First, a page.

DRUMMER FEATURE AUGUST 28, 2016

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Buffalo grad experiences China

With his future uncertain, Nick Lenczewski traveled to China to teach English and now shares his experiences in a book

By Doug Voerding

 

"Not all those who wander are lost." - JRR Tolkien, The Lord of the Rings

 

Back in 2007, facing college graduation and college debt, Nick Lenczewski  wasn't sure if he wanted to enter the corporate world with his degree in mathematics from St. John's University.

Facing many interviews at a college career job fair, the 2003 Buffalo High School graduate walked away, even more uncertain and sensing a need to think hard about what he really wanted to do with his life.

Nick thought about his college experience studying abroad in Greece and Italy. He loved traveling and learning about life in other countries. He knew he wanted to keep traveling and knew that he was interested in Asia.

"I had heard about teaching English as a way to do this," said Nick. "and I found out about programs that sent people to China and Japan to teach English."

 

"Teaching English is the ideal way to meet and interact with the Chinese people. Some of my best friends to this day are those I met through the college where I taught. They were students or teachers or friends of those students and teachers. I guarantee if you come to China, you will make great friends."

 

Now, back in Minnesota, Nick has written a book about his experiences in China, Ultimate China Guide: How to Teach English, Travel, Learn Chinese, and Find Work in China.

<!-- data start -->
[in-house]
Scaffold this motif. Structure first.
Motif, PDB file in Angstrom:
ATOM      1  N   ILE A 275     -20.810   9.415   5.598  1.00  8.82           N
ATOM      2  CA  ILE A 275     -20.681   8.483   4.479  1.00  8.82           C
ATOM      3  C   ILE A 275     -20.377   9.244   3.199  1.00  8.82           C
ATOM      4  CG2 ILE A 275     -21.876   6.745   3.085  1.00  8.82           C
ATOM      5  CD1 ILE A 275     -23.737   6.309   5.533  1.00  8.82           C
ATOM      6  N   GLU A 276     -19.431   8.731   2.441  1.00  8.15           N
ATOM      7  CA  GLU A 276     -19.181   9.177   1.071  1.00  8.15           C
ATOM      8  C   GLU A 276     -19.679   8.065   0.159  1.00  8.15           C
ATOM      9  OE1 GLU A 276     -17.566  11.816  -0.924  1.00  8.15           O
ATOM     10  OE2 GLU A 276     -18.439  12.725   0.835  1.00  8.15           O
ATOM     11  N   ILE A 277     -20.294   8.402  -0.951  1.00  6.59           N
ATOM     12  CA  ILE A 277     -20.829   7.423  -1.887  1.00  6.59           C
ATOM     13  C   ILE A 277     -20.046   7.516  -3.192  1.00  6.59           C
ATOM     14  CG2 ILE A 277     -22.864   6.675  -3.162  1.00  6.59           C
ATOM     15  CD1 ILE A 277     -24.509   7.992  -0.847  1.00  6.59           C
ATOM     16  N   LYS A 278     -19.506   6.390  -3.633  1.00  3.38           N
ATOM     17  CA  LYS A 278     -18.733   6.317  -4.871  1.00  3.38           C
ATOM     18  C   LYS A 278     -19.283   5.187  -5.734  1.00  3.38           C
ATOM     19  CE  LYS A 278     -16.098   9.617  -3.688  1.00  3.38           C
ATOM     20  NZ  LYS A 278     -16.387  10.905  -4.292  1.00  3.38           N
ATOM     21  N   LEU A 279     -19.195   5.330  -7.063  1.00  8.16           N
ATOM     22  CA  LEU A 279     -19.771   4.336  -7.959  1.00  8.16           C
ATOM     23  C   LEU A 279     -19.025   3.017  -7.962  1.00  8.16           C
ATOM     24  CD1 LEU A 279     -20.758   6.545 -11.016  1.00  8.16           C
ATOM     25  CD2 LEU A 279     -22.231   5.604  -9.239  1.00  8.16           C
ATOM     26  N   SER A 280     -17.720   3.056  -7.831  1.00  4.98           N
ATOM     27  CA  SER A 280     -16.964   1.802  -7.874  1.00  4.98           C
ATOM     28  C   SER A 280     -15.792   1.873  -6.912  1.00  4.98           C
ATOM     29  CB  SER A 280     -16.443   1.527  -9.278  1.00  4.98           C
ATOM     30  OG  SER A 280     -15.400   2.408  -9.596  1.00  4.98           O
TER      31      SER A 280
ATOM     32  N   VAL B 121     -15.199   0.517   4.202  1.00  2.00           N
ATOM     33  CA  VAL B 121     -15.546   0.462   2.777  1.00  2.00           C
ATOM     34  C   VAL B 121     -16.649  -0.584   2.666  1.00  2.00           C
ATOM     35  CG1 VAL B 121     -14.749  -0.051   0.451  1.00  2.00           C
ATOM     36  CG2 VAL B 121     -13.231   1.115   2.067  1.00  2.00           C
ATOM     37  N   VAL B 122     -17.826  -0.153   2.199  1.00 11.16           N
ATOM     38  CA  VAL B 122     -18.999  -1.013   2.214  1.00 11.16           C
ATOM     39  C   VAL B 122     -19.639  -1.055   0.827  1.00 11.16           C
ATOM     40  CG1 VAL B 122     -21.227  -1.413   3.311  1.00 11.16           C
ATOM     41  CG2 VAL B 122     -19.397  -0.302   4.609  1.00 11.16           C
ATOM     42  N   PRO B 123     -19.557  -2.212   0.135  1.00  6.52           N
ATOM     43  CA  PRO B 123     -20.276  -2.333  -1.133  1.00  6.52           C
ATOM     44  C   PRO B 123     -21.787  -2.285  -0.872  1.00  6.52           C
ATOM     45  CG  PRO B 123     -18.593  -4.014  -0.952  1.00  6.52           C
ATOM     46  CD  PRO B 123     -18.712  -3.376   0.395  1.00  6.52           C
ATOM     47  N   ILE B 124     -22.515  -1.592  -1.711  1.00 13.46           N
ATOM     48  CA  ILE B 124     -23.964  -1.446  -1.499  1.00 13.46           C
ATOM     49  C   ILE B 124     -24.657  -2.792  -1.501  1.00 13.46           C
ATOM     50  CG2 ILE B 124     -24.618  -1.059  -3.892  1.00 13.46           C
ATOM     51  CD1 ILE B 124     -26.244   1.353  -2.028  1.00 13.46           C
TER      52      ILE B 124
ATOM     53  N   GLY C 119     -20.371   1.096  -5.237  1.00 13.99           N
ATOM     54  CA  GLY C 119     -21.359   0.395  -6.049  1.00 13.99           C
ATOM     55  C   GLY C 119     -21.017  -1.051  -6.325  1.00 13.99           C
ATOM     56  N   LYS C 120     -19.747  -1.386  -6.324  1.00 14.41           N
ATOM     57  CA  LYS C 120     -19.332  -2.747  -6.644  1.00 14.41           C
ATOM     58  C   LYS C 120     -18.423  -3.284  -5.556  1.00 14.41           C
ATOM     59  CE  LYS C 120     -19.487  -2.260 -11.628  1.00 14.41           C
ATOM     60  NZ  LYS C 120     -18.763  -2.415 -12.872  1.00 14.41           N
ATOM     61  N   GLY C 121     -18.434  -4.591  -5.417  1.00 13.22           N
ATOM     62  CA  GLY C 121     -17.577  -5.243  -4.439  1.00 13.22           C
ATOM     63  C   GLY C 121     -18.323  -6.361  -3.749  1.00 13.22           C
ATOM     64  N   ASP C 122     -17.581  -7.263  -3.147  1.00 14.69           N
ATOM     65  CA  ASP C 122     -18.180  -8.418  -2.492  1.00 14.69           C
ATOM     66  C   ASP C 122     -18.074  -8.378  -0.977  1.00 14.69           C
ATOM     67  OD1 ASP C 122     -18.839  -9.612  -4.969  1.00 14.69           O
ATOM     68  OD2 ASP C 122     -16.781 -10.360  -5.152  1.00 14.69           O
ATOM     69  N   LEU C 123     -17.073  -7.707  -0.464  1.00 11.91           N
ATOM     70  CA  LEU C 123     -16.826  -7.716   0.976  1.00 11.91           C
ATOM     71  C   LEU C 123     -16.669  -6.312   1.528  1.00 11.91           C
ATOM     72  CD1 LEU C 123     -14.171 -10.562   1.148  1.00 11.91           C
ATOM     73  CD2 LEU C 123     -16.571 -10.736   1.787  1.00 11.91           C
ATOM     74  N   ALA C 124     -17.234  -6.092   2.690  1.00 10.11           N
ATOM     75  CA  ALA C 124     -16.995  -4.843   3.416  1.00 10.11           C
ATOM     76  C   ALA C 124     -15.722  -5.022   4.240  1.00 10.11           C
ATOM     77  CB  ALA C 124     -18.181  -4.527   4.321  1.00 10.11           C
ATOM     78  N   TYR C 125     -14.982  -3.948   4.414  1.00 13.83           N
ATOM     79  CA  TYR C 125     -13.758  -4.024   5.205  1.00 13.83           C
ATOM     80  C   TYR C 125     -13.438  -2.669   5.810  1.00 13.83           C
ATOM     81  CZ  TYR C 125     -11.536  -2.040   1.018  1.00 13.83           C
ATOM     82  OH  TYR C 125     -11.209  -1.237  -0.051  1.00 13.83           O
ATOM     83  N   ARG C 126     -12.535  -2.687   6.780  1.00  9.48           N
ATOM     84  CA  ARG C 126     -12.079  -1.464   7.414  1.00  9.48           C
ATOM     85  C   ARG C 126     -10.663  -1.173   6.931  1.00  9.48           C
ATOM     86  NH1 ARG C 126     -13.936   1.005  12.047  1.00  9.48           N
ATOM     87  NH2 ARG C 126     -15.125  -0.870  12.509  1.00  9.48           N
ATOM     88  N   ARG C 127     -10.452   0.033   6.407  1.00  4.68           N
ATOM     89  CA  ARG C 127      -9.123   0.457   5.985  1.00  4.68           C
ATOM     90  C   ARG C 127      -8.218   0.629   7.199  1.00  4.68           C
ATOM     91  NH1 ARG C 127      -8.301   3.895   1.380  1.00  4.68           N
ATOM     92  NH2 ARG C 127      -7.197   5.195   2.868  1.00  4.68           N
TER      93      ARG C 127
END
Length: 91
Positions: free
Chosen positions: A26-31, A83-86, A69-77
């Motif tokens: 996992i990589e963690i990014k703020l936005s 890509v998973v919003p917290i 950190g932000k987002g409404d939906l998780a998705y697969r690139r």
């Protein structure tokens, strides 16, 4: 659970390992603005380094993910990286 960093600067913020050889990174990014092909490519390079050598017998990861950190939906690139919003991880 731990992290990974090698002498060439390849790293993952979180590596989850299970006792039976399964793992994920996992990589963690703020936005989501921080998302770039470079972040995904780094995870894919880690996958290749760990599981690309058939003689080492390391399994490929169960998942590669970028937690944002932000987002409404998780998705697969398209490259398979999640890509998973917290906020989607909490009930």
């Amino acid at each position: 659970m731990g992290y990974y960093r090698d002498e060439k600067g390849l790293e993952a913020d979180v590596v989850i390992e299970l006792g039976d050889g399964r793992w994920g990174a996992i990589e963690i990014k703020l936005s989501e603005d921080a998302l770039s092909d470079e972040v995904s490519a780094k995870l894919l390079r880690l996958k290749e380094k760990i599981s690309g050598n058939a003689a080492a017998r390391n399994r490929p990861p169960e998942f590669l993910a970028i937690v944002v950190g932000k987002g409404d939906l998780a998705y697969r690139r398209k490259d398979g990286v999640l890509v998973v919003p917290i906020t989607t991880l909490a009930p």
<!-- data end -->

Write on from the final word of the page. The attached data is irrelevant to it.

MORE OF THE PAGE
In the book, not only does Nick share what he has learned about Chinese culture, but also provides anyone interested in teaching English in China with detailed information about living in China.

Although the book is a comprehensive guide to living and working in China, it is also a kind of memoir. Nick's guides are reinforced by his personal stories.

 

"This guide offers an alternative to working a 40-hour-a-week job as a career path and lifestyle - that is teaching English 20 hours a week, traveling through Asia, learning Mandarin Chinese, and turning these experiences into work you can be proud of and enjoy. It's not an easy path and you may feel uncomfortable at times, but if you crave adventure, you will feel alive like you've never felt alive before."

 

Getting There

In the spring of 2007, Nick first was accepted into a program to teach English in Japan. A month later, he heard a Maryknoll priest and doctor talk about teaching English and living in China.

Said Nick, "He made China sound like an exciting place. From this point on, I was set on going to China."

In the fall of 2007, Nick was already in China with the Maryknoll Teach in China Service Project. For three years, Nick taught English at a college in Guangdong Province, Zhongshan City, near Hong Kong in southeast China.

He stayed with this program for three years. Nick said that knowing the Mandarin Chinese language is not required to teach or work in China, but, during those three years, "I developed an interest in the language and started learning. My best memories of living in China have been of speaking with Chinese people in their language."

"The most important part to living well in China is connecting with the Chinese people in their native language. This is the most enjoyable part of living in China, and it will also make your life tremendously easier because you will be able to get around easily without needing to rely on others who speak Mandarin better than you do."